By Aluru Chandra
Today’s CEOs have to constantly deal with the challenge of generating new business while protecting their turf in existing business. They have to not only do a good job of what they are delivering to existing customers, they have to also bring out new solutions, products and services and sell them to current and new customers. This brings up an interesting two-by-two matrix as shown in the picture:

align sales strategies

There are four combinations between products and customers and they need four unique strategies for sales. Keep in mind that the model works equally well for services. So you can replace products in the picture with services.

Let us look at each of them and discuss the corresponding strategy.

1. Old product – Old customer

This quadrant is about extending the existing business i.e. selling legacy products, solutions and services to legacy customers. Strategy for business growth in this quadrant is centered on leveraging customer loyalty, deep relationships and offering price advantage. The CEO has to keep a constant watch on the needs of the customer and check whether there is a dip in demand. It is only a matter of time.

This quadrant is not for long term plans. Its other names are ‘exploit’ and ‘exhaust’ because that is what this quadrant is about. The company cannot peg its future on the revenues from old products being sold to legacy customers. The percentage of revenues from this quadrant typically tapers over a period of time.

Examples include consumables, utilities, commoditized services such as IT infrastructure services etc…

2. New product – Old customer

This quadrant is about expanding existing business by sales of new products, solutions and services to legacy customers. In sales parlance, this is called mining; you mine an existing account by cross-selling new products and services.

Strategy for this quadrant is dependent on value-proposition. How well you create a compelling value to the customer by stitching a new solution for their emerging needs – determines your success in selling new products to old customer. Credibility is already established owing to good delivery of services and performance.

The cost of developing a new vendor can be high for some customers and that can work to your advantage if you have a good track record with the customer. Your strategy therefore has to be designed around the point that you understand their business well and why it is beneficial to go with your proposition.

Examples include adding software application services on top of infrastructure services to an IT customer.

3. Old product – new customer

This quadrant is about exploring new clients for legacy products, services and solutions. In sales parlance, it is called hunting or farming. Typically, companies find themselves in price wars while selling legacy products to new customers with whom they have no relationship. In the absence of an established credibility, factors like competitiveness, flexibility, customer references and price play a major role in influencing customer decision.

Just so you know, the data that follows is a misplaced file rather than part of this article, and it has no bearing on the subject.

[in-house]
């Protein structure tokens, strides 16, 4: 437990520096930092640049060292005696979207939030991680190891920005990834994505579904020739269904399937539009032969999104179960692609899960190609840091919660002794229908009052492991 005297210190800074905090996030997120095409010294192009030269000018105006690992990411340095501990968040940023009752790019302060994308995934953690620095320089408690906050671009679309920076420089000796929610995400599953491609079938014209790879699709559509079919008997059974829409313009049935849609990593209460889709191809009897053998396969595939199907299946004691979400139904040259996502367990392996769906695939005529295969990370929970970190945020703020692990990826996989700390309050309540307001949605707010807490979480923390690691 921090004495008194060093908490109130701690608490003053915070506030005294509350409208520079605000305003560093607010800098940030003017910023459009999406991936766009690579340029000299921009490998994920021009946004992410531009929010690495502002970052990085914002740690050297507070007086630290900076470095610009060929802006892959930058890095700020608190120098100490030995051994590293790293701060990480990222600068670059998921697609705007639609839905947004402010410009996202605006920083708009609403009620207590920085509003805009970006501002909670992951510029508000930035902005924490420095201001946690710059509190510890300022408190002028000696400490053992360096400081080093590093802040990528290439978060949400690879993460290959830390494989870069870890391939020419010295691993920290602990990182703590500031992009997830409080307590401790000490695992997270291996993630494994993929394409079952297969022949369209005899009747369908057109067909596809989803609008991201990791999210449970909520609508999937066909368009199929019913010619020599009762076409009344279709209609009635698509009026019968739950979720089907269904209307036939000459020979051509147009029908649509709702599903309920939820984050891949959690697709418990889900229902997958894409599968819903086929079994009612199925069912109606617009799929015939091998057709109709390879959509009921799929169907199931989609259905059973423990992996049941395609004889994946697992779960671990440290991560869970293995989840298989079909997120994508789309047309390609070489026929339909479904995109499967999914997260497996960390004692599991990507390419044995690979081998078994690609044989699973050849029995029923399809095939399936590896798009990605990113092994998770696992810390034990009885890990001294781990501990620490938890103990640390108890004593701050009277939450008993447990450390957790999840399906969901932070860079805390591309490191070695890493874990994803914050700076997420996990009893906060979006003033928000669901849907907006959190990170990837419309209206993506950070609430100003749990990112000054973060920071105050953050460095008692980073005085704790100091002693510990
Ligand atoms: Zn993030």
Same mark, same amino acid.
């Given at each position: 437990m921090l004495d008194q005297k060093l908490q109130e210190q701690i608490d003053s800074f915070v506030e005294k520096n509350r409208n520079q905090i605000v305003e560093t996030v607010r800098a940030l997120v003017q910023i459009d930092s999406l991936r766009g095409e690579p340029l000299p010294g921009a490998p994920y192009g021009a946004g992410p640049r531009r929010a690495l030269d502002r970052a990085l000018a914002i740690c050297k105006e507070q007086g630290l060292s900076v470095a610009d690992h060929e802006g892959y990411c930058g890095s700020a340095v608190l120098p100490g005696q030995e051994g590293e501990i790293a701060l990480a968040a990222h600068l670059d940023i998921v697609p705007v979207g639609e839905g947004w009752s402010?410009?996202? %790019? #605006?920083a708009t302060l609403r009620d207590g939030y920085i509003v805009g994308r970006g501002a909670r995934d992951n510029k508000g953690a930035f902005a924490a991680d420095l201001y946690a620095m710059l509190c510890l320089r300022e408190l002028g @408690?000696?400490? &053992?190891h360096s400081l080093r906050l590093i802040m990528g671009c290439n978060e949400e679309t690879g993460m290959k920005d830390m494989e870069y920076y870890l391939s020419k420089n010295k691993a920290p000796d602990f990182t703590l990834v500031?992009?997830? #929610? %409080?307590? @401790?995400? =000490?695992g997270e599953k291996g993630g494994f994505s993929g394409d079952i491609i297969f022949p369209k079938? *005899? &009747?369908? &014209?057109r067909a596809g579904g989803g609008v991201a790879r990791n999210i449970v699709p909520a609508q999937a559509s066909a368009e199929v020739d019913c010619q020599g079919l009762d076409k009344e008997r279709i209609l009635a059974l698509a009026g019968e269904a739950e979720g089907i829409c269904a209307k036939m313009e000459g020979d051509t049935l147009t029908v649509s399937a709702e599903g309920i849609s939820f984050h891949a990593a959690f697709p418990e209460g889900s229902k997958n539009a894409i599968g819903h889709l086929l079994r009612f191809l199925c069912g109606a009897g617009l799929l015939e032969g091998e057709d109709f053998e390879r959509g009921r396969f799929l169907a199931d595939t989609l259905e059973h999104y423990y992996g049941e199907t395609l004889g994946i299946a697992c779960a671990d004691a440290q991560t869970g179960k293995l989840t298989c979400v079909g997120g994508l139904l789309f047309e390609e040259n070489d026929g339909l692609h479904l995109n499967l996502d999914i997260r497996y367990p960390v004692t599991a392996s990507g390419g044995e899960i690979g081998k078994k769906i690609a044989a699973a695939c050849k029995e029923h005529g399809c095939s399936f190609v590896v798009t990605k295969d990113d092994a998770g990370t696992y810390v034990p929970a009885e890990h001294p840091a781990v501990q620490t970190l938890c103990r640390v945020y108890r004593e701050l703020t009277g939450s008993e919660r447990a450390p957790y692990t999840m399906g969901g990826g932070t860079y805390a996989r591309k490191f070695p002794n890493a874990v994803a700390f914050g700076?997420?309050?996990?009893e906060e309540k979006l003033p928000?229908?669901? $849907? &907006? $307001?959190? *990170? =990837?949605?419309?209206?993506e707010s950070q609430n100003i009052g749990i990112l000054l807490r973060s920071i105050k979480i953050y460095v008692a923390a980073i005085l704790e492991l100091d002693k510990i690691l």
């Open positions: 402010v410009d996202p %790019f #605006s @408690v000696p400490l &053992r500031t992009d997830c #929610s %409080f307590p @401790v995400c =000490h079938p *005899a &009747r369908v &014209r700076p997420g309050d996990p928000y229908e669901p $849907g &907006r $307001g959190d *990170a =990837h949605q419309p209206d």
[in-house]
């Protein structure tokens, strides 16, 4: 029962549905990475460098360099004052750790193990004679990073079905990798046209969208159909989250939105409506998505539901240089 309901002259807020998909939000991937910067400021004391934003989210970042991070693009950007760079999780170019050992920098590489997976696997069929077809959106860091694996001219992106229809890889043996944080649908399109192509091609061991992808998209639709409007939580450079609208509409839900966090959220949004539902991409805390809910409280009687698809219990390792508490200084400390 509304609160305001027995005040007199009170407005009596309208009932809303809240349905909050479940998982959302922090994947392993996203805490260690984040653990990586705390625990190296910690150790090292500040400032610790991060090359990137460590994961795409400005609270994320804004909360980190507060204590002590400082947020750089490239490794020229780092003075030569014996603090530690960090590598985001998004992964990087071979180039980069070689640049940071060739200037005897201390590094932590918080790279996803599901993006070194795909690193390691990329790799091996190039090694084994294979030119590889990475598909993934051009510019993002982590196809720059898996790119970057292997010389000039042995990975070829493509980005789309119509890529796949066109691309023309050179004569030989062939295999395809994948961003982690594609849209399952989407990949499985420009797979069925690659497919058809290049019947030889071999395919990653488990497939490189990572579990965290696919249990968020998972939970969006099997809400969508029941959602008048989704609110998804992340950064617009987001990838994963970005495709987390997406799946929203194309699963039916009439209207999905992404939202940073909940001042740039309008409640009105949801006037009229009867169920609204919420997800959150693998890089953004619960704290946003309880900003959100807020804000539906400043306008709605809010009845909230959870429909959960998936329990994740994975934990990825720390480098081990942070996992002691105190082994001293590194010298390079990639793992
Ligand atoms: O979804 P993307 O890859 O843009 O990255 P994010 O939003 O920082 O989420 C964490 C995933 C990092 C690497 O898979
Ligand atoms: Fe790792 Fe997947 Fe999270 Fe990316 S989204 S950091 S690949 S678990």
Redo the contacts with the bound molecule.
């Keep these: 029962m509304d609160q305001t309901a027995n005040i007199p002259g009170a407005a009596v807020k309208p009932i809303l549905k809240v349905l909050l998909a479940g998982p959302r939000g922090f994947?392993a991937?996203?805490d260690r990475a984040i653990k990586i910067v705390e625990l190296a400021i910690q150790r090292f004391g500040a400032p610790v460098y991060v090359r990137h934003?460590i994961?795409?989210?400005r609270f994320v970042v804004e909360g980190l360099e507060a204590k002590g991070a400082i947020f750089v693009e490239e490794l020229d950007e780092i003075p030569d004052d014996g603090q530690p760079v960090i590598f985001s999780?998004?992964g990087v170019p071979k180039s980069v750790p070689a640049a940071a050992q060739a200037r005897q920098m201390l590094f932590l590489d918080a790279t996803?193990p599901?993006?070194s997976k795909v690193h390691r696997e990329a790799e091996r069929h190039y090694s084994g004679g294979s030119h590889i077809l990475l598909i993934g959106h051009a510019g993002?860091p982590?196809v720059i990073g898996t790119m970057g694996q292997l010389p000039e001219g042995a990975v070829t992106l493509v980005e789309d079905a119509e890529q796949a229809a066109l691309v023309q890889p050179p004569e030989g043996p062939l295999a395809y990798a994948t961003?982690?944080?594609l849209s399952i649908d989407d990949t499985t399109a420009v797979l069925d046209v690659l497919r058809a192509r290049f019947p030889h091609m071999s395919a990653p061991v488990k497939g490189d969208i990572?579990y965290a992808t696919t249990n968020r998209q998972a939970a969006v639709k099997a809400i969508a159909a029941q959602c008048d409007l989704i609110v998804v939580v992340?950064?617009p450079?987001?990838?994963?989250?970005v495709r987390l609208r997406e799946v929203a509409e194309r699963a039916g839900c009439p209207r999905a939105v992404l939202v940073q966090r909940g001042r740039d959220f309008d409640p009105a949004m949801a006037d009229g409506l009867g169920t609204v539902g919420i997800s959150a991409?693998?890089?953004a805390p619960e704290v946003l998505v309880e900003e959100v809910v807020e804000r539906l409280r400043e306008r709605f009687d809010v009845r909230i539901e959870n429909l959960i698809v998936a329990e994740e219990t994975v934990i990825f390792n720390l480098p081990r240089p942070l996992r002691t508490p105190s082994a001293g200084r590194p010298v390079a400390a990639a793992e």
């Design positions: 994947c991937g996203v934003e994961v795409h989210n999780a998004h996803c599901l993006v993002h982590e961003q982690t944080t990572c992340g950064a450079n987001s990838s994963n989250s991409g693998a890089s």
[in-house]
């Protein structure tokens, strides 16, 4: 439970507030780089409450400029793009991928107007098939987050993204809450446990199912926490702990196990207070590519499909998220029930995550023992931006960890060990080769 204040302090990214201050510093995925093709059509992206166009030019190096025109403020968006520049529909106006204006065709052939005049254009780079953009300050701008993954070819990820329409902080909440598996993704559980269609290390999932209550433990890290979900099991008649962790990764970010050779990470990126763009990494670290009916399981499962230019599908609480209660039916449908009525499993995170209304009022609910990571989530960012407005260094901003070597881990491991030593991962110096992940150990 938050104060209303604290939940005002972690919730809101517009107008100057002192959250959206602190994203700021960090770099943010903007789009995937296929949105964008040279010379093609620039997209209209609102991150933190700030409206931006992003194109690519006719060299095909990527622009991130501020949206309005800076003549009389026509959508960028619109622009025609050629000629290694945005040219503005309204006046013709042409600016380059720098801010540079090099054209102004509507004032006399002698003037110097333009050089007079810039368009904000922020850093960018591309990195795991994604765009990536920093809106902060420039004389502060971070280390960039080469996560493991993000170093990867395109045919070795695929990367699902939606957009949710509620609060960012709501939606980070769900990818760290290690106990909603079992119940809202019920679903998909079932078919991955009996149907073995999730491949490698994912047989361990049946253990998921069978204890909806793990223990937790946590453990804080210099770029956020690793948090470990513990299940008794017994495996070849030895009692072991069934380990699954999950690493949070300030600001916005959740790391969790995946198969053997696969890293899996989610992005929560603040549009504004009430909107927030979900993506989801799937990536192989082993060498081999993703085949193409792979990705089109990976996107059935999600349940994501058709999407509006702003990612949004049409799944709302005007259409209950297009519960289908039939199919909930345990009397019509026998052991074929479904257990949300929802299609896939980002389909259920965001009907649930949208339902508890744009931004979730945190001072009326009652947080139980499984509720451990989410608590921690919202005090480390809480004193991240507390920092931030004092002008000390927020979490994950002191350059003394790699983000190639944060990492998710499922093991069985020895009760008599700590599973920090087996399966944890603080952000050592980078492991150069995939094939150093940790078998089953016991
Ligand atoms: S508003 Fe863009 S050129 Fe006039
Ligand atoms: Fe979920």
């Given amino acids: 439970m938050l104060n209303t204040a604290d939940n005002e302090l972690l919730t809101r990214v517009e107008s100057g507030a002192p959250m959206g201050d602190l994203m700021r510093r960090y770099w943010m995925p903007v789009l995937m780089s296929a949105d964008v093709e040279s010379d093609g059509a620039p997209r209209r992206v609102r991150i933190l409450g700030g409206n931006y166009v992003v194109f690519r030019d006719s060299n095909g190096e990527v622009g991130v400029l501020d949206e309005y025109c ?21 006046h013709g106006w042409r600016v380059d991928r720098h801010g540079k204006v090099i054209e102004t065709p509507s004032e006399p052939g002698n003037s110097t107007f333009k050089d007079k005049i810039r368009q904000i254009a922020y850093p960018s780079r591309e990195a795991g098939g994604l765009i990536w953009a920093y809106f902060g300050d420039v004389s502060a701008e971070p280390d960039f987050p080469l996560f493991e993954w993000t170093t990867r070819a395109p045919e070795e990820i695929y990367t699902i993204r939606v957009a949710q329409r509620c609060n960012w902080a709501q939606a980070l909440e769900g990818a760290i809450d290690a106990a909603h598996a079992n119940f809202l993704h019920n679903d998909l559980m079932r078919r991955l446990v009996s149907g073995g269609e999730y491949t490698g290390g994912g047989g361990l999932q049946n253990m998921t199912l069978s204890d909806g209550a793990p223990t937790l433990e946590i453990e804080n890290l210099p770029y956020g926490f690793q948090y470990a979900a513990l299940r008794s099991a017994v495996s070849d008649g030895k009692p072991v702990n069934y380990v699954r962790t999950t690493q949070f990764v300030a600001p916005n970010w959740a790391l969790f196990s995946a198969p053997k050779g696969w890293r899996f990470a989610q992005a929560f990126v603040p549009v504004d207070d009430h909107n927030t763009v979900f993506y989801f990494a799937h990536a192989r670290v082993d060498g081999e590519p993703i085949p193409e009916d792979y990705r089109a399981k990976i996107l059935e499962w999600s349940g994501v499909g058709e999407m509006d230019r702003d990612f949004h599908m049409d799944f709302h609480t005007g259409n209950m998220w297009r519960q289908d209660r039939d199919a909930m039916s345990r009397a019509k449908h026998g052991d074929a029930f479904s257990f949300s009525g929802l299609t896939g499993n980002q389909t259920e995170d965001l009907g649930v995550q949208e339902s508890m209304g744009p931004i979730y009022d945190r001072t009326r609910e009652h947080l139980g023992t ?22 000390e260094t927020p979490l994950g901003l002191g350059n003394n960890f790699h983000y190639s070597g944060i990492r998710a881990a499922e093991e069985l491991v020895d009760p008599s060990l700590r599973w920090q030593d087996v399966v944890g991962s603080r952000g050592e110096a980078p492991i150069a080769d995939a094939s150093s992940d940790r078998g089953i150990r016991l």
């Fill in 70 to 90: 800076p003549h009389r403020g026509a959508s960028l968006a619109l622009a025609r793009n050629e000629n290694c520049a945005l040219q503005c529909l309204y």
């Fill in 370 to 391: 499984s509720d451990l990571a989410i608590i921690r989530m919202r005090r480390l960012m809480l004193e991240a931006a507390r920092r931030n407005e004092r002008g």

Strategy for business growth in this quadrant needs to be built on creating and leveraging customer references. Customers generally want to know whether you worked with anyone else in the same industry and how is your performance with them. References can be a good differentiator to sell legacy products and services to new customers.

Examples include software applications sold to a group of Cooperative Banks by taking reference of one of them.

4. New product – new customer

This quadrant is about experimenting with two unknowns i.e. new product and new customer. While this quadrant is filled with uncertainty and unpredictability, it is important to understand that this IS future. Company’s survival is significantly dependent on how well it understands newer markets and builds newer products and solutions that meet the needs of those markets. In order to succeed in this quadrant, the company’s strategy has to be centered on a) long term investments, allowing the products to mature and penetrate into newer markets and b) flexibility in terms of costs and operating margins.

Knut Haanaes, a professor at IMD in his TED talk on ‘why companies fail’ argues that many good companies fail because of 2 reasons i.e. over-exploitation and over-exploration. These two points refer to the quadrants described as old-old and new-new respectively. He points out that companies have to develop strategies that guard against over-exploiting success of legacy products and at the same time avoid falling into the trap of perpetually experimenting new products without going to market.

Each industry has a unique gestation period for a new product to mature and become main stream. Companies willing to patiently wait until that happens, reap the benefits of creating new lines of business that become feeders for future revenues.
Make no mistake, all the 4 quadrants are essential for a company to succeed and thrive in the market place. However it is the responsibility of the CEO to balance the company’s resources appropriately among the 4 strategies. History is full of examples of companies that missed the point about balance and lost out in spite of being successful initially.